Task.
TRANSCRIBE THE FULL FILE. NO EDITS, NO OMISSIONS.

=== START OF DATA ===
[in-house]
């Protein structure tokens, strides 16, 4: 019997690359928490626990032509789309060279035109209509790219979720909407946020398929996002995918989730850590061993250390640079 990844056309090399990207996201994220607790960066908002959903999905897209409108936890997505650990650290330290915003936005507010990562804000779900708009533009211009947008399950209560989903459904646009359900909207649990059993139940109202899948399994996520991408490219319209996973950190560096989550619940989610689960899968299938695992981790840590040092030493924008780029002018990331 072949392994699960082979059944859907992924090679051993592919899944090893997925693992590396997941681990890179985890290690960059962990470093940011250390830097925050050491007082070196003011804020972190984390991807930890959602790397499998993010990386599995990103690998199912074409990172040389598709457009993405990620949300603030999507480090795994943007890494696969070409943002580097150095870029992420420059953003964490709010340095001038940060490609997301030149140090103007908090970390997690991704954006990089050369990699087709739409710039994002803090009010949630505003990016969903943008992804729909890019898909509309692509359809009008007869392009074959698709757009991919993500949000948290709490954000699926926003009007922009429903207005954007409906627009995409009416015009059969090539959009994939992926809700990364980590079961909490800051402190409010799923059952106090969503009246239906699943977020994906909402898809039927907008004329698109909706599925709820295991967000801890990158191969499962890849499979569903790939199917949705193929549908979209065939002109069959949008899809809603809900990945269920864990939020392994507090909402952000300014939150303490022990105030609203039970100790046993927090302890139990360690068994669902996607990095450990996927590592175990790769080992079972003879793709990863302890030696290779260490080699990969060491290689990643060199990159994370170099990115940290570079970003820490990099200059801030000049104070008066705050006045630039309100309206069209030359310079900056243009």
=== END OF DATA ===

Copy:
[in-house]
């Protein structure tokens, strides 16, 4: 019997690359928490626990032509789309060279035109209509790219979720909407946020398929996002995918989730850590061993250390640079 990844056309090399990207996201994220607790960066908002959903999905897209409108936890997505650990650290330290915003936005507010990562804000779900708009533009211009947008399950209560989903459904646009359900909207649990059993139940109202899948399994996520991408490219319209996973950190560096989550619940989610689960899968299938695992981790840590040092030493924008780029002018990331 072949392994699960082979059944859907992924090679051993592919899944090893997925693992590396997941681990890179985890290690960059962990470093940011250390830097925050050491007082070196003011804020972190984390991807930890959602790397499998993010990386599995990103690998199912074409990172040389598709457009993405990620949300603030999507480090795994943007890494696969070409943002580097150095870029992420420059953003964490709010340095001038940060490609997301030149140090103007908090970390997690991704954006990089050369990699087709739409710039994002803090009010949630505003990016969903943008992804729909890019898909509309692509359809009008007869392009074959698709757009991919993500949000948290709490954000699926926003009007922009429903207005954007409906627009995409009416015009059969090539959009994939992926809700990364980590079961909490800051402190409010799923059952106090969503009246239906699943977020994906909402898809039927907008004329698109909706599925709820295991967000801890990158191969499962890849499979569903790939199917949705193929549908979209065939002109069959949008899809809603809900990945269920864990939020392994507090909402952000300014939150303490022990105030609203039970100790046993927090302890139990360690068994669902996607990095450990996927590592175990790769080992079972003879793709990863302890030696290779260490080699990969060491290689990643060199990159994370170099990115940290570079970003820490990099200059801030000049104070008066705050006045630039309100309206069209030359310079900056243009």